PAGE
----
The purpose of a defect triage meeting is to review and prioritise open defects and provide stakeholders with the opportunity to track progress, review and take action based on the information available.
An effective defect management and triage process must do a few things:
- Provide a definitive process for the reporting, fixing and retesting of defects.
- Provide the opportunity to assess and gain consensus that the right defects are being resolved in the correct order for a release or product.
- Ensure the right bug is assigned to the correct owner.
- Deliver a re-usable and scalable format for any size of project.
The preparation for the triage meeting is equally as important as the triage itself. Before testing starts you will have communicated with your stakeholders on the frequency of the triage meeting, and what is required by them to fulfil their respective roles during the triage meeting. The more effort that can be put in to the preparation, the greater likelihood for a meeting where everyone is in agreement of the outcomes and way forward.
- As part of the test strategy, communicate the difference between priority and severity. Priority being the importance to the project/delivery and order to resolve, over the Severity that defines the extent the defect impacts the application or system.
- All bugs should have been assessed for correctness before the meeting, there's nothing worse than reading a defect with incomplete information. Defects like these should be corrected in advance of the meeting.
- If you're using a defect management tool, then make sure that your meeting attendees have access to the list, if they don’t then provide a list of bugs to be evaluated, reviewed and prioritised.
- Whenever possible confirm the correct owner of defects outside of the meeting.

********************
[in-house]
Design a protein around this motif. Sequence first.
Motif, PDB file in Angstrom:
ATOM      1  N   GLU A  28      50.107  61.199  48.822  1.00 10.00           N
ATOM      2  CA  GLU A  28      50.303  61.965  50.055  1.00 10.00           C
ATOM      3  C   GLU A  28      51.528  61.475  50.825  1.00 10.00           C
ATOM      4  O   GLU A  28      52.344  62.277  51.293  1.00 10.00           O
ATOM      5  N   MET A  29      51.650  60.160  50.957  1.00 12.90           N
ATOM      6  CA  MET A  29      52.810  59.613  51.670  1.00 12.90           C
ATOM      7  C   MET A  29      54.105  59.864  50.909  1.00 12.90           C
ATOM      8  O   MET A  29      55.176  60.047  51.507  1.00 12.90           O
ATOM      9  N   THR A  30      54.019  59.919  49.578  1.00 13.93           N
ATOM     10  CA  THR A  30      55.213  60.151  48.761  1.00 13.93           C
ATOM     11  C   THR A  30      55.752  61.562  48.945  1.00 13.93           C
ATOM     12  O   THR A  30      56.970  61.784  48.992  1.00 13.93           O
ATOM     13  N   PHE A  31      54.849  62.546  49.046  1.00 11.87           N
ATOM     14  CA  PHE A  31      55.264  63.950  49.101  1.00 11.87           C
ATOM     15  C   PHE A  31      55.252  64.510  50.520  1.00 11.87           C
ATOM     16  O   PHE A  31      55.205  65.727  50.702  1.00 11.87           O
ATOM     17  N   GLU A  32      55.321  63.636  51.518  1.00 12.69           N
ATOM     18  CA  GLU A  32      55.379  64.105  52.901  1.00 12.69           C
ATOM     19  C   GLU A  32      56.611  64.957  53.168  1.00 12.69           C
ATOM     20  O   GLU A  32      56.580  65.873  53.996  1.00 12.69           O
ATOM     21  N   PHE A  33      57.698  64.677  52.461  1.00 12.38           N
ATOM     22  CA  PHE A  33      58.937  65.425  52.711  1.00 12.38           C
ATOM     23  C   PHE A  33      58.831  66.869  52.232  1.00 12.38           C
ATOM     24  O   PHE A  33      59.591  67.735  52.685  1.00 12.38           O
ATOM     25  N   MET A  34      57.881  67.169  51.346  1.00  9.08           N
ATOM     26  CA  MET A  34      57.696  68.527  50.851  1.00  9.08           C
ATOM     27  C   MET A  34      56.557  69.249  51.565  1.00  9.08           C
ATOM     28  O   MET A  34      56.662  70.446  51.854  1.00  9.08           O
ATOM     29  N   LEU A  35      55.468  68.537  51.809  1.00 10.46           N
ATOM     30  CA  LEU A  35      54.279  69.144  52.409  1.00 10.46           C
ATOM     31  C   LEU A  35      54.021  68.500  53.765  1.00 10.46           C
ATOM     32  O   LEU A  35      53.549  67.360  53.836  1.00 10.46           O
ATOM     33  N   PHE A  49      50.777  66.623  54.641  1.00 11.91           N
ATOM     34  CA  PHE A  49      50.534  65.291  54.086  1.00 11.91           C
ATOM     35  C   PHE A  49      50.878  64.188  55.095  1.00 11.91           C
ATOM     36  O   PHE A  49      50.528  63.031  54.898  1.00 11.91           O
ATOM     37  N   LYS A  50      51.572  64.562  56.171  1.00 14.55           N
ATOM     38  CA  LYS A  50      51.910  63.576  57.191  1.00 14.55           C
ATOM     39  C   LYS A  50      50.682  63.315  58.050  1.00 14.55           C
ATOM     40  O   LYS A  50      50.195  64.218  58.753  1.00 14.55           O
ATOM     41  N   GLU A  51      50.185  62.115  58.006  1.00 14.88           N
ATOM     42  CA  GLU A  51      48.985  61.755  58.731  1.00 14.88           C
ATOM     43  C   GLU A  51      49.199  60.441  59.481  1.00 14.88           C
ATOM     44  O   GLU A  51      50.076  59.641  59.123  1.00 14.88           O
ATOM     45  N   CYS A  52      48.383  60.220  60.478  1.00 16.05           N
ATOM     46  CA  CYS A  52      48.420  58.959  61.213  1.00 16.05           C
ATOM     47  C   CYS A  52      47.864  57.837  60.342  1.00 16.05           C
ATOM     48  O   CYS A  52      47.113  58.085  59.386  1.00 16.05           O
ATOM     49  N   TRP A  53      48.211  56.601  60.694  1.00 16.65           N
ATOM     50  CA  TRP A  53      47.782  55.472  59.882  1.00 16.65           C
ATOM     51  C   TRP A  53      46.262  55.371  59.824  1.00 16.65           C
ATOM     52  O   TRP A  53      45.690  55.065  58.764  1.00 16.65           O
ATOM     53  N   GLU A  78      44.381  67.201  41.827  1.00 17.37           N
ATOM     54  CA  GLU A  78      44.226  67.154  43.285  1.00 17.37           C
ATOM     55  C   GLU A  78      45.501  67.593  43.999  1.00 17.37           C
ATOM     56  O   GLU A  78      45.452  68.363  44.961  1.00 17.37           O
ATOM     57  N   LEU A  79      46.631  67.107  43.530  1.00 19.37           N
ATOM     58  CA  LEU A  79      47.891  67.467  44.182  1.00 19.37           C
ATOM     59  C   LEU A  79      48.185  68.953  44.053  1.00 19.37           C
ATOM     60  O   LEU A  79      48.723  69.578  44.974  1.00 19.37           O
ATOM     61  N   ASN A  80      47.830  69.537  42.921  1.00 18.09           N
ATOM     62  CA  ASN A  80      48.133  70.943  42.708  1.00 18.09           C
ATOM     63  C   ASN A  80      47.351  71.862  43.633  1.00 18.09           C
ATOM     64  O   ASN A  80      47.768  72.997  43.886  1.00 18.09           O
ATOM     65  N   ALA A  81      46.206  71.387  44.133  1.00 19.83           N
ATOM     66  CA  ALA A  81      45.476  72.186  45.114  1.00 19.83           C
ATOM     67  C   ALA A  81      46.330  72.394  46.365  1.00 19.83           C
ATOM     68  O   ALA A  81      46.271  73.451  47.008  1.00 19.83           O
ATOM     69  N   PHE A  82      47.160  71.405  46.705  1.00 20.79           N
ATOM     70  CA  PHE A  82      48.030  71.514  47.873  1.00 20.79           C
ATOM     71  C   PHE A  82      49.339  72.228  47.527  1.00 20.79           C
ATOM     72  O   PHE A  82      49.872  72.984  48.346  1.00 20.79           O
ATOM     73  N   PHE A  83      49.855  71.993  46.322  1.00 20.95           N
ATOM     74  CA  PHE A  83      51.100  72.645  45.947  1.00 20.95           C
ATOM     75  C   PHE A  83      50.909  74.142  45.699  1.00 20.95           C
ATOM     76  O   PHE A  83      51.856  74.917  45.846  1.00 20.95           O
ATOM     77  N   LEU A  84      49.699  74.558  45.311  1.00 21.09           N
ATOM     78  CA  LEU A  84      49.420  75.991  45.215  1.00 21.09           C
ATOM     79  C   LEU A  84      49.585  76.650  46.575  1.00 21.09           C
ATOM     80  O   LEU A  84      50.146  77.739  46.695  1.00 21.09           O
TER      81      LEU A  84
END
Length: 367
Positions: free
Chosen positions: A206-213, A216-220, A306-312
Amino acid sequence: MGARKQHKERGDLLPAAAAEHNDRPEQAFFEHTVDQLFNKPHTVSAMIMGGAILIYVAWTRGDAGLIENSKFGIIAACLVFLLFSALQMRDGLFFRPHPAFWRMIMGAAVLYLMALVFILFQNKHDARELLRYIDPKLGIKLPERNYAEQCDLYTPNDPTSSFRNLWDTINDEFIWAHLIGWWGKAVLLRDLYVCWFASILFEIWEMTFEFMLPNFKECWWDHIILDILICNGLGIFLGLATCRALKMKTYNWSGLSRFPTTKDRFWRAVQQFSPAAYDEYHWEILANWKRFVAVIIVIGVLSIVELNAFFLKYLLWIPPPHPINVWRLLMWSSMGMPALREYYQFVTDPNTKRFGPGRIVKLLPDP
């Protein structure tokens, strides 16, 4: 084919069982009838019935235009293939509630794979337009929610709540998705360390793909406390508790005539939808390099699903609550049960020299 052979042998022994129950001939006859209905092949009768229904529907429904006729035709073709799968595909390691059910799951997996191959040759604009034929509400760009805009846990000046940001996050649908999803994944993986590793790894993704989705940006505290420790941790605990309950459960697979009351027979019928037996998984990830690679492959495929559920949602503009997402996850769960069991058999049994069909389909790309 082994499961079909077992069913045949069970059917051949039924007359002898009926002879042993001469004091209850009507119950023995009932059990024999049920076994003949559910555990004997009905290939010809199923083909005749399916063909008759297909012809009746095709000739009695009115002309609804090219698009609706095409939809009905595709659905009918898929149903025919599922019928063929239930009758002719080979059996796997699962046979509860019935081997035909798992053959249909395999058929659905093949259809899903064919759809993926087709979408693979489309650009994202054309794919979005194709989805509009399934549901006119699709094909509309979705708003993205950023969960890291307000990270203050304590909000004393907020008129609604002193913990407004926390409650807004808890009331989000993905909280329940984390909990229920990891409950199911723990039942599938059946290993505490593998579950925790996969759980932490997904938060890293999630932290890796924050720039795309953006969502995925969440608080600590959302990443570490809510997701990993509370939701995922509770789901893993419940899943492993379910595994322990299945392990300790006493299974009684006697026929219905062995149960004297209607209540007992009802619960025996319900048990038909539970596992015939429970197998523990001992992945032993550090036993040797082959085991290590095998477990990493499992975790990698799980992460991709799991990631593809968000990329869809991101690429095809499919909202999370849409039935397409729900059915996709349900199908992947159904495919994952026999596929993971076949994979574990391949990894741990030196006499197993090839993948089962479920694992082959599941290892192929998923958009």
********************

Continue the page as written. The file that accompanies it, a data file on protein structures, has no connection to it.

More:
- If there is ambiguity on the severity of a defect, speak to the product owner, business analyst in advance of the meeting and get an agreed view.
The triage meeting is generally run by the test manager, or someone with the role of defect manager within the project and the defect report should be made available before the meeting, then during the meeting:
- The new defects are reviewed, agreeing that the correct priority and severity has been assigned, if not corrections are made as needed.
- New defects are checked that they've been assigned to the correct owner or rejected as defects for closure with no further action.
- Be prepared to demonstrate the defect again, so that it can discussed in context of the priorities.
- A review on the progress of defects still open since the last triage is carried out. Is there new information available regarding risks and dependencies that would change the original priority assessment.
- Steer the meeting away from going into issue resolution.
The output of triage meetings should provide answers to, “we agree it's a defect”, “all the defects reviewed are in the correct priority order”, “the defect sitting with right owner” and “we haven’t got any defects are not sitting unowned and unaddressed.”
The defect triage does not have to be complex and by adopting the principles above you can put in place a process that increases your projects effectiveness with an overall aim of releasing better software.